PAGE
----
After that the river is dammed and you follow the resultant reservoir. The road here is in horrendous condition, is mercilessly up and down and the views are jaw dropping. Don't expect more than mud hut villages and some agricultural traffic in between towns.
The G212 eventually runs out and it's the G108 to Chengdu. More developed and not as stunning as the G212 but still nice. The road "rolls" it's way through a few valleys before finally flattening out at Zitong.

Next stage: I can't stay here too long or the winter will catch me up again. I'm heading arrow straight south to the tropics.

Switchbacks to Wenxian.

Every cyclists dream.

Sunday, December 03, 2006

First Taste of China

Looking at the map it seemed the G212 "national highway" going south would be a flat, busy road running through a developed part of the country. It's turning out to be a quiet road snaking it's way over some not unsubstantial, remote mountains. In some of the places i've passed through even the adults are too shy to speak with me but once they realise that I won't eat them everything is fine. Spent most of last night autographing school children's homework and having my photo taken with an endless stream of visitors to my "hotel" room.
The last 4 days have been the hardest, coldest and most fun in months, i've only managed 260km, which speaks for itself. I don't know how cold it's been, cold enough to freeze a freshly boiled bottle of water in a couple of hours. Hasn't been too much of a problem but I can't believe that this time last week I was considering cycling across Xinkiang, I would have died.

The Chinese are a very shy lot. They never shout or whistle or even say anything unless I speak first. They just stare....silently. I'm back below the snowline tonight but what lies south of here is anyone's guess.

(A few peolpe have asked for more photos of me....fools, here they are.)

Climbing the pass. When it's not winter all those steps cut into the side of the mountain must be farmed. Impressive no.

Making the pass.

Going down the other side.

Children running at the sight of me.

Not suprising when I look like this.

The cheapest 'hotel' yet, 3 Yuan.

Entertaining guests.

The rural Chinese are a tough lot. Could you imagne your granny doing this?

Tuesday, November 28, 2006

Map Gazing, Lanzhou

Ni Hao!

A good thing: I cycled into Xinkiang, China last week. Xinkiang, the north west plain of China, is dominated by the second biggest desert in the world, the Taklamakan which translated means: what goes in doesn't come out.
My dad points out that Taklamakan is an Arabic word. Makan means place and Takla means eaten out i.e. the place eats everything and nothing comes out.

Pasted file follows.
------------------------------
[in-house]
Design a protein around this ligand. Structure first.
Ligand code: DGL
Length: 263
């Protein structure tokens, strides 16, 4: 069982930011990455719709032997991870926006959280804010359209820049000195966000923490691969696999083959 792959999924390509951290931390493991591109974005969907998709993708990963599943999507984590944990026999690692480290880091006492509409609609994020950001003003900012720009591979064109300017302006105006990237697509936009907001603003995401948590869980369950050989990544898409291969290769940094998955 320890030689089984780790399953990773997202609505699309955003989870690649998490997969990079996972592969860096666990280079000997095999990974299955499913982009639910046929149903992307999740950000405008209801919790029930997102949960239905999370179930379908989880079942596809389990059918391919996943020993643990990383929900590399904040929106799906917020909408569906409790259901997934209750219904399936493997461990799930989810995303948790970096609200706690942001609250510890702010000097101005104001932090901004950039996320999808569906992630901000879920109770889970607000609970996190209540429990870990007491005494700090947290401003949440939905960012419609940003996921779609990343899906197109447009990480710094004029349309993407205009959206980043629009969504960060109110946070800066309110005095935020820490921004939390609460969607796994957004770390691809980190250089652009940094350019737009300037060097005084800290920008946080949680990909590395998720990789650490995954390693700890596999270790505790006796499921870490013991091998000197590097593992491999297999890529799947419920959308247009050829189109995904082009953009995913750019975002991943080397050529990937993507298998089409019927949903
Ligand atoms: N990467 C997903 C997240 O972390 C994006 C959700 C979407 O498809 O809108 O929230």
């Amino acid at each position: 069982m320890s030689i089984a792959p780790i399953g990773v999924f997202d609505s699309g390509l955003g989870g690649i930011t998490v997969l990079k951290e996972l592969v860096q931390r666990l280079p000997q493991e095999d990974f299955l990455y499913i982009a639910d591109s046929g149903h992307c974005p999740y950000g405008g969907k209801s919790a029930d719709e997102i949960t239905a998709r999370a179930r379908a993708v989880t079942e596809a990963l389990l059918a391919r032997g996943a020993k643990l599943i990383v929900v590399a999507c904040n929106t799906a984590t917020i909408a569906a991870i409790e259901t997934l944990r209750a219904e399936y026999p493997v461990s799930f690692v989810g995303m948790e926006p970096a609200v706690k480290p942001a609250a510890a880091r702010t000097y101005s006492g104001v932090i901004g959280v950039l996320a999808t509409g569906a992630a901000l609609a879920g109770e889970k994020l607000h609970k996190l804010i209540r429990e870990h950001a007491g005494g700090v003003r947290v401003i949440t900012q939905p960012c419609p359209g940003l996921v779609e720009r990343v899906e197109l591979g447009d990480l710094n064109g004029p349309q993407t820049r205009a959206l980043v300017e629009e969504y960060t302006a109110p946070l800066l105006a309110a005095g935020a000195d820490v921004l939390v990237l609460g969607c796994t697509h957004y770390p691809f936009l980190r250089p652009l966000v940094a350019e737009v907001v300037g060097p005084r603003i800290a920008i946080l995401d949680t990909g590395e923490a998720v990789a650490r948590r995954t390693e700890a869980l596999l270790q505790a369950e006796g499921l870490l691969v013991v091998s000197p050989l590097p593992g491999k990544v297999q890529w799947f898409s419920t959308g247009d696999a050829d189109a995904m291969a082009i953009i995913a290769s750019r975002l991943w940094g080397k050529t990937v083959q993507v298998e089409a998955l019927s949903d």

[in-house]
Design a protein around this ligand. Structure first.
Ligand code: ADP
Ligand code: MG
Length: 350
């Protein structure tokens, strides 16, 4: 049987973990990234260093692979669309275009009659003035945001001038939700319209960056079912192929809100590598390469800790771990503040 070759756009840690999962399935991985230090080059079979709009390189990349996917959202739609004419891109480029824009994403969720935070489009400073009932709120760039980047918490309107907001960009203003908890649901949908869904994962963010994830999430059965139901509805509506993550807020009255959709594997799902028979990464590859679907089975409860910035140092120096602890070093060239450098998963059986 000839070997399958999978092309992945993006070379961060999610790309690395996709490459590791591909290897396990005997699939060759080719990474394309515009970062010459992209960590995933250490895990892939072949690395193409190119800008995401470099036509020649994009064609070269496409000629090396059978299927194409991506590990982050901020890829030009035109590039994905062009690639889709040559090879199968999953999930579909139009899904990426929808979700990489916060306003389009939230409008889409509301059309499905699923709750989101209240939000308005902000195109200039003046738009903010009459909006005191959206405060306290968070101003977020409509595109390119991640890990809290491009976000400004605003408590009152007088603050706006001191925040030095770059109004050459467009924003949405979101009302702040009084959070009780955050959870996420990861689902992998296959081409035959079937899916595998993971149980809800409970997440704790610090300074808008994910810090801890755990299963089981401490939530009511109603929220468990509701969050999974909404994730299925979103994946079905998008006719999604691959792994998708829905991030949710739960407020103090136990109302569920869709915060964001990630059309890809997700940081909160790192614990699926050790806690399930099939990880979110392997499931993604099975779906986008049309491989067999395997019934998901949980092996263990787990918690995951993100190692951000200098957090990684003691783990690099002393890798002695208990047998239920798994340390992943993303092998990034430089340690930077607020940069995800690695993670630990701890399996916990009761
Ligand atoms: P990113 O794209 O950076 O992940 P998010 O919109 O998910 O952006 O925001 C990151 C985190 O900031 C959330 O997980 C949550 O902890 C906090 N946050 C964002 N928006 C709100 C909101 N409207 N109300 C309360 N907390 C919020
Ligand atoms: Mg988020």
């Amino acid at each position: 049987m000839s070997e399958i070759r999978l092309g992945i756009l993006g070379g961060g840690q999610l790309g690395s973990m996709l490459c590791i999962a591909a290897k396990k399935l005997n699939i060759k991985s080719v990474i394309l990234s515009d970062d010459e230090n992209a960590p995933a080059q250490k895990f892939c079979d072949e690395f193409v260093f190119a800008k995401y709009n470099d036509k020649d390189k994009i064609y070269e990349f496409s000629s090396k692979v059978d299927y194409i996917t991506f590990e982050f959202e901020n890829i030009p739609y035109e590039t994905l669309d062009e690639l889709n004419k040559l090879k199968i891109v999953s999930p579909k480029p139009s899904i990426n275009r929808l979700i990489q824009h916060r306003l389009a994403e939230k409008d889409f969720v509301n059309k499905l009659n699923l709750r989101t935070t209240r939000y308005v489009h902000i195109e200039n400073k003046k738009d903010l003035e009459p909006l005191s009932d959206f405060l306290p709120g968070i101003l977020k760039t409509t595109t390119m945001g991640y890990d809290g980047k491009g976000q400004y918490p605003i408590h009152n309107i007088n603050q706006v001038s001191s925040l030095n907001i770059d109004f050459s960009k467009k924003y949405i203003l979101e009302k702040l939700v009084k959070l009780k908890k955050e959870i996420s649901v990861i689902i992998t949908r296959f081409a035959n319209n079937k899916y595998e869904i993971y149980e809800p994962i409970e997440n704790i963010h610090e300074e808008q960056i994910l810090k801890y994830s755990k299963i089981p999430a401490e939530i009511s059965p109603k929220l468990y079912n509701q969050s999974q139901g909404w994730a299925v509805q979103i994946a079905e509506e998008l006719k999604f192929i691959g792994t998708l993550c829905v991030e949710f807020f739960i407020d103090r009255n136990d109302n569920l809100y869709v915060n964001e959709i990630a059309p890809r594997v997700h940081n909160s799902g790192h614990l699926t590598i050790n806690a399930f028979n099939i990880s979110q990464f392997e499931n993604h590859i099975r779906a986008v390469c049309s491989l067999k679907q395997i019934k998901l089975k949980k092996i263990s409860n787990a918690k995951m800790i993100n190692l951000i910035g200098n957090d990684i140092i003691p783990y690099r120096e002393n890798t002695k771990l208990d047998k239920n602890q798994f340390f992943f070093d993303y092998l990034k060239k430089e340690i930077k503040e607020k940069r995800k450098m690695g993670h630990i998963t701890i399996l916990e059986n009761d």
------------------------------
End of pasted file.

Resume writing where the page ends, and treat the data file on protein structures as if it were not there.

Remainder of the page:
A not so good thing: I spent a few days in Urumqi, capital of Xinkiang, to see if there would be a break in the weather/a miracle. It didn't stop snowing, the temperature kept falling and the wind started to took the gentlemans option of the train east, out of Xinkiang to Lanzhou.
I always knew the winter would bugger me eventually, a few trips on the bike around Urumqi convinced me that I am completley unprepared for an extreme winter ride across an empty desert. Any other time of year and I would have blazed a trail all the way to Japan but it wasn't to be. "Xinkiang the revenge 2007" is already in the planning.

China, a land of plenty. In Central Asia I wasted entire days searching for maps only to be told "nyeto" and tssked away buy a grumpy book store owners. Here in China it's possible to buy maps for every country in the world, including Iraq! Seem to have lost a few days somewhere on the way here. I thought it was the weekend but according to this blog it's Tuesday?!?

Been toying with the idea of continuing east, to Korea and Japan, but I think i'll lose too much focus going meandering off like that so i'm pointing the tyres south to S.E. Asia.
Since leaving Turkey, planning a route has been easy. In Central Asia there's only ever one road going to your destination. Here in China the route possibilities are mind blowing. I've been staring at maps the last few days trying to plan a route and been getting nowhere, now I realise why. This trip has been completley unplanned since the begining so why start now. I'll leave here soon enough and just see where the road takes me.

Until next time


And to all the people I know in Australia (all 4 of them), maybe see you next year sometime.